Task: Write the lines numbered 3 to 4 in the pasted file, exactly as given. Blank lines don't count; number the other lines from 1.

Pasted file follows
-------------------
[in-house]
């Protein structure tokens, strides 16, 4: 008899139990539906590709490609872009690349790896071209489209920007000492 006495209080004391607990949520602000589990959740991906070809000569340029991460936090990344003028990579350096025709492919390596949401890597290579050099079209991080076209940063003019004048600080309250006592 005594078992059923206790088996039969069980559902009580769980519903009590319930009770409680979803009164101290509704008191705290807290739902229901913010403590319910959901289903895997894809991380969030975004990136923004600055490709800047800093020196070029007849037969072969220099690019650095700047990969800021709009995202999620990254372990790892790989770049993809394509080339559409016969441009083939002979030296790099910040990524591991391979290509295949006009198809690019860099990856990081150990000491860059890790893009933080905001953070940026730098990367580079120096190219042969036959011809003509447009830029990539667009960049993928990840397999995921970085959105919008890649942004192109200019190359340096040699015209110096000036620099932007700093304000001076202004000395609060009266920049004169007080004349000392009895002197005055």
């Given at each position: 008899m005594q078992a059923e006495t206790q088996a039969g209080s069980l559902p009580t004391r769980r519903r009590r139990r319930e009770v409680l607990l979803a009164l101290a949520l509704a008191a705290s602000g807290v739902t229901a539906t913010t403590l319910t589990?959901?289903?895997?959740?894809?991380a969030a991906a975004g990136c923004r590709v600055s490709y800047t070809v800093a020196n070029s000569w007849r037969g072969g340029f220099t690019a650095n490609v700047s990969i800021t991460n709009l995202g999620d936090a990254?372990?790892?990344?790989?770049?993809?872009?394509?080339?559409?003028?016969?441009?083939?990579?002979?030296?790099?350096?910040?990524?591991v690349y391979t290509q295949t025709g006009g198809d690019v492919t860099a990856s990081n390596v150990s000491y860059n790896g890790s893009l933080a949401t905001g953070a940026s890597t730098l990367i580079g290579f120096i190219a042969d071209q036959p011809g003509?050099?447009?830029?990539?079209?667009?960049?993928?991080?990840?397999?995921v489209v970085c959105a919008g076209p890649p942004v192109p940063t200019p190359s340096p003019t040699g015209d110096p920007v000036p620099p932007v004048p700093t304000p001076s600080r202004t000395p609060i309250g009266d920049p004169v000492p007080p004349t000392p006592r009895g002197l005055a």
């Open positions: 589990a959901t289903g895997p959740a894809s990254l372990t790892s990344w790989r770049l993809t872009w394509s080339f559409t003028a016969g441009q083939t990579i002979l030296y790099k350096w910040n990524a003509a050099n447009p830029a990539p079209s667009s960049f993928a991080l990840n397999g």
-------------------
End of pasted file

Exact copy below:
């Given at each position: 008899m005594q078992a059923e006495t206790q088996a039969g209080s069980l559902p009580t004391r769980r519903r009590r139990r319930e009770v409680l607990l979803a009164l101290a949520l509704a008191a705290s602000g807290v739902t229901a539906t913010t403590l319910t589990?959901?289903?895997?959740?894809?991380a969030a991906a975004g990136c923004r590709v600055s490709y800047t070809v800093a020196n070029s000569w007849r037969g072969g340029f220099t690019a650095n490609v700047s990969i800021t991460n709009l995202g999620d936090a990254?372990?790892?990344?790989?770049?993809?872009?394509?080339?559409?003028?016969?441009?083939?990579?002979?030296?790099?350096?910040?990524?591991v690349y391979t290509q295949t025709g006009g198809d690019v492919t860099a990856s990081n390596v150990s000491y860059n790896g890790s893009l933080a949401t905001g953070a940026s890597t730098l990367i580079g290579f120096i190219a042969d071209q036959p011809g003509?050099?447009?830029?990539?079209?667009?960049?993928?991080?990840?397999?995921v489209v970085c959105a919008g076209p890649p942004v192109p940063t200019p190359s340096p003019t040699g015209d110096p920007v000036p620099p932007v004048p700093t304000p001076s600080r202004t000395p609060i309250g009266d920049p004169v000492p007080p004349t000392p006592r009895g002197l005055a």
């Open positions: 589990a959901t289903g895997p959740a894809s990254l372990t790892s990344w790989r770049l993809t872009w394509s080339f559409t003028a016969g441009q083939t990579i002979l030296y790099k350096w910040n990524a003509a050099n447009p830029a990539p079209s667009s960049f993928a991080l990840n397999g």